Miscarriage and loss
Miscarriage: causes, symptoms, and types
Pregnancy miscarriage or spontaneous abortion is the loss of
a pregnancy, on its own, which occurs in nearly 20% of all confirmed
pregnancies. This usually occurs before 20–24 weeks of pregnancy
but it is most common during the first 12 weeks. When a miscarriage
occurs, the fetus, placenta, and amniotic sac are expelled by
Causative factors of miscarriage
The most common cause of miscarriage is chromosomal abnormalities
of the developing child. It could be due to genetic defects of
the fetus caused by faulty egg and/or sperm: problems in the genes
are responsible for an abnormal fetus and are found in more than
half of miscarried fetuses. The risk of defective genes increases
with the woman's age, especially over if she is older than 35.
Researchers have long known that during times of stress, the
brain releases several hormones—including one called corticotropin-releasing
hormone (CRH). In past research, women who deliver prematurely
or have low-birth weight babies were often found to have high
levels of CRH in their bloodstream, and other studies show a greater
risk of miscarriage in women reporting stress. CRH is a hormone
the brain secretes in reaction to physical or emotional stress,
and it is also produced in the placenta and the uterus of a pregnant
woman to trigger uterine contractions during delivery.
Fetal chromosomal abnormalities are the most common cause of
sporadic miscarriage, affecting more than half of all early miscarriages.
This may be due to abnormalities in the egg, sperm, or both. The
usual chromosomal pattern is 46 chromosomes, arranged in 23 pairs.
One of these pairs is contains the sex chromosomes: females will
have two X chromosomes and males will have one X chromosome and
a Y chromosome. The genes we all have are lined up along the chromosomes.
Trisomy is a type of chromosomal abnormality where there
will be three chromosomes of one type rather than normal pair.
This results in an embryo with 47 chromosomes instead of 46. This
embryo will either abort or develop into a baby with congenital
abnormalities. It is more common as reproductive age increases
and the abnormalities are not very likely to recur.
In monosomy, one chromosome is missing. This condition
is called Turner's syndrome when pregnancies will carry on with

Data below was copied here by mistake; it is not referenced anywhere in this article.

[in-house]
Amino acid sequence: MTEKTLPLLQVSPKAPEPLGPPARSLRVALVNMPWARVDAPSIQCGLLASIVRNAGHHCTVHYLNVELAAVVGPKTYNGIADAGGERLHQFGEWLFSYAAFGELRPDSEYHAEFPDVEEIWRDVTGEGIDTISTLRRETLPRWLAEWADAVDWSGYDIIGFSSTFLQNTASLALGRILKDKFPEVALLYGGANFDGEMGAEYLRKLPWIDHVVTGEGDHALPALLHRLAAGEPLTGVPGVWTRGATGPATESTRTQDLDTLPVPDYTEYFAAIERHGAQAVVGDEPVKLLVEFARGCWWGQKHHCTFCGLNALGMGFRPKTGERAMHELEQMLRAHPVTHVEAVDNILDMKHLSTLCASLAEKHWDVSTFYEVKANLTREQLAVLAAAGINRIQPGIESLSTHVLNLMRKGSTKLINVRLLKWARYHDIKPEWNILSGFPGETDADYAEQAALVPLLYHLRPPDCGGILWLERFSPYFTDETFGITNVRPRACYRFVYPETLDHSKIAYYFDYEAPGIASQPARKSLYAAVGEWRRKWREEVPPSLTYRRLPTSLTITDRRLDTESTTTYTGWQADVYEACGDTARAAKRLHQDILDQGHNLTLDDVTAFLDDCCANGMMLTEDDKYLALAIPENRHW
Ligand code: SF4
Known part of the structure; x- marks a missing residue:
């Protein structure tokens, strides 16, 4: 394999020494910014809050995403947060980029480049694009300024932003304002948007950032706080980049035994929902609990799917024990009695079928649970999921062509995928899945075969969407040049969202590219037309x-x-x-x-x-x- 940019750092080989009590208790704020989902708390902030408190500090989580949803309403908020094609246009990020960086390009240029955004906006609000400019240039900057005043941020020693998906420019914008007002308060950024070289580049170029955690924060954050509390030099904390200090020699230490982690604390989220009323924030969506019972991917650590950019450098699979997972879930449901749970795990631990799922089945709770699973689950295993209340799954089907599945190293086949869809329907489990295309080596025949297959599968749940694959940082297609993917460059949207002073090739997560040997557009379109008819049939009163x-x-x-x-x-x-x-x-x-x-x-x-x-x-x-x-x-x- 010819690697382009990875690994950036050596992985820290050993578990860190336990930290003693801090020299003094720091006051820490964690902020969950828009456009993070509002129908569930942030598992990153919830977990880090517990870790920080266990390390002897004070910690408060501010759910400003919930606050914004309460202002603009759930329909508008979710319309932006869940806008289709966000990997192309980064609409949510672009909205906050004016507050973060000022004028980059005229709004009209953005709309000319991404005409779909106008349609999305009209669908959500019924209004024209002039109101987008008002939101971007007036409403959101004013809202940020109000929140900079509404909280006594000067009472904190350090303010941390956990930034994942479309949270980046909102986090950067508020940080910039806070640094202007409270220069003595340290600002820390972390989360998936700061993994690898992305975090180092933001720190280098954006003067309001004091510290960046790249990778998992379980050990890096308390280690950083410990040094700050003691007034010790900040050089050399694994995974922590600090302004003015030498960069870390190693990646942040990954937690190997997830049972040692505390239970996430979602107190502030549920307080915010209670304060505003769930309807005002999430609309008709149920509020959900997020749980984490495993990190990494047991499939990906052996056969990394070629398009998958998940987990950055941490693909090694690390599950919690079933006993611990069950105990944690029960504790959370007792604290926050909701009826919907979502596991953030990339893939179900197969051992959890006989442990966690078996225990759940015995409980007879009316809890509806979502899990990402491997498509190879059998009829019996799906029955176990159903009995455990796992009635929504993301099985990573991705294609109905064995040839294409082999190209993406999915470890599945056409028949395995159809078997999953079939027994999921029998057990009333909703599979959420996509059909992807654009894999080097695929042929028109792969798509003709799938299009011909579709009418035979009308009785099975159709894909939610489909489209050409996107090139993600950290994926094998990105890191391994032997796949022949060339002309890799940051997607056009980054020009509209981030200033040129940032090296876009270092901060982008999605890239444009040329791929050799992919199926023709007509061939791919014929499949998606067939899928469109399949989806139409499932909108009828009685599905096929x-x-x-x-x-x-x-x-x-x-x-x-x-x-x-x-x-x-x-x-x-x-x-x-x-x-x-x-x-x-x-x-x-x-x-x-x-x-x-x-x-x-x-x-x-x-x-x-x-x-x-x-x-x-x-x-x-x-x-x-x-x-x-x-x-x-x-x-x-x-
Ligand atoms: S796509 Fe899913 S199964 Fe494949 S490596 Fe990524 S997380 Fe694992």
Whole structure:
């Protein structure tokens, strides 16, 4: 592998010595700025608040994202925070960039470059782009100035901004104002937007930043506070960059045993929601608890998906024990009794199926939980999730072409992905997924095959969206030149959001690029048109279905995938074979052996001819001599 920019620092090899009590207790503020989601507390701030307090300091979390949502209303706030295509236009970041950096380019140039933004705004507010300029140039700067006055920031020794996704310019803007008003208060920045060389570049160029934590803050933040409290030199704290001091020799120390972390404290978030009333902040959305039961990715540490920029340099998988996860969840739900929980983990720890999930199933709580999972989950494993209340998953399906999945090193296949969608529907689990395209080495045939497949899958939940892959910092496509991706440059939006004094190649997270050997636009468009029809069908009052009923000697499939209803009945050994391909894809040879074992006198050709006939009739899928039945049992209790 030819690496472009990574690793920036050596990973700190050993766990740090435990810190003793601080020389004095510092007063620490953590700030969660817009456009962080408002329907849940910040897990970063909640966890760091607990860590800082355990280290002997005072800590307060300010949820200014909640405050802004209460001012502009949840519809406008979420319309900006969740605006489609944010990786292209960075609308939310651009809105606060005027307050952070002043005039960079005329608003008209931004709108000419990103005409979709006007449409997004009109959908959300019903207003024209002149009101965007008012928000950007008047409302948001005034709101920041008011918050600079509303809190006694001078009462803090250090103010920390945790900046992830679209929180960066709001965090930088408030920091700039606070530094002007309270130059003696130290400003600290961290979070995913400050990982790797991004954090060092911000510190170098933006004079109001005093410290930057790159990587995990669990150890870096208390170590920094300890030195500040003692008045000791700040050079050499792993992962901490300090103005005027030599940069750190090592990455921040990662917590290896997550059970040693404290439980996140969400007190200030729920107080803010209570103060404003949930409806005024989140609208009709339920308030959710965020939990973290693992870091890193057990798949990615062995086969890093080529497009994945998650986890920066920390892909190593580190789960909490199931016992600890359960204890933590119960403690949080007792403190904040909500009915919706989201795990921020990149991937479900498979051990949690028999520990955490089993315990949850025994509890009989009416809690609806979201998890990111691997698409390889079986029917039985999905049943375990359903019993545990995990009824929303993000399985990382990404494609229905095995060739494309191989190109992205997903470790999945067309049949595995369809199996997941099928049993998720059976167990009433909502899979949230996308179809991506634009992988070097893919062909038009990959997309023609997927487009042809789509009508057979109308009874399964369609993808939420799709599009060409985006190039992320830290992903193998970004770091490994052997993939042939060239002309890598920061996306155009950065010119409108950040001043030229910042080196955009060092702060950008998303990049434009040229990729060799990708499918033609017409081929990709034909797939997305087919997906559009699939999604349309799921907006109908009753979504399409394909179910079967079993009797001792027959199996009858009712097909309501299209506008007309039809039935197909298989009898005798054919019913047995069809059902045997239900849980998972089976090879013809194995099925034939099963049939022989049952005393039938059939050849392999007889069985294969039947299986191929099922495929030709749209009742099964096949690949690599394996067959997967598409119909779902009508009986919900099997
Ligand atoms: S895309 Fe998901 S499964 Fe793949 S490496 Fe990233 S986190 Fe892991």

only one X chromosome.
The expectant mother's lifestyle during her pre-pregnancy days
as well as during pregnancy may also play a major role. Smoking,
and exposure to hazardous materials can increase the risk of miscarriage
in women. Hormonal imbalances, health issues such as infections,
diabetes, immune disorders, problems of the uterus or ovaries,
and so on can also cause miscarriages.
Women who have health problems such as diseases of heart, kidney,
or liver; thyroid problems; and so one are at risk of a miscarriage.
It has been rightly said that if an expectant mother is given
adequate pre-natal care, she can greatly reduce her chances of
Symptoms of a miscarriage
Vaginal bleeding is by far the most common symptom. If you have
no idea you are pregnant and have vaginal bleeding that lasts
for more than 2 weeks, consult your physician as it may indicate
a miscarriage or other problem that needs immediate attention.
If you know you are pregnant and are bleeding, it is time to call
your doctor—particularly if you use up more than one sanitary
pad in an hour.
Bleeding may be accompanied bylow back pain and contractions,
and in some cases, clots. Women may also experience cessation
of pregnancy symptoms such as tenderness in the breasts, and morning
Premature rupture of membranes and early labor
Many miscarriages begin with cramping and labor-like symptoms,
but true premature rupture of membranes and early labor are usually
associated with babies that are in the second or third trimester.
Early labor can often be treated with drugs that relax the uterus,
and women are placed on bedrest either at home or in the hospital.
Sometimes, however, the baby comes anyway. This, known as stillbirth
if it occurs after 20 weeks, is one of the most traumatic of losses:
you will hold and see your baby and beg him or her to breathe.
For some women, the baby will even be born alive, but only live
for a few minutes, hours, or days. There really is nothing harder
in life than this.
Types of miscarriages
There are several types of pregnancy miscarriages. An expectant
mother who suffers light uterine bleeding and is found to have
a closed cervix, the condition is called as a threatened miscarriage.
When the expectant mother has uterine bleeding and an open cervix,
the condition is referred to as an inevitable miscarriage.
When the expectant mother has lost the fetus and the products
of conception, it is referred to as a complete miscarriage.
When the embryo dies inside the womb and the products of conception
are not expelled, it is referred to as a missed miscarriage.
Miscarriage that occurs past 20 weeks' gestation is known as stillbirth.
Recurrent miscarriage occurs in some women due to any
of the causes listed above.
In the vast majority of cases, there is no way of preventing
a miscarriage; however, having a miscarriage does not mean that
you won't be able to get pregnant again, and most women go on
to have a successful pregnancy. If women consult a physician before
they consider getting pregnant and plan a pregnancy, exercise
caution, and take the necessary precautions, they ought to have
a successful healthy pregnancy.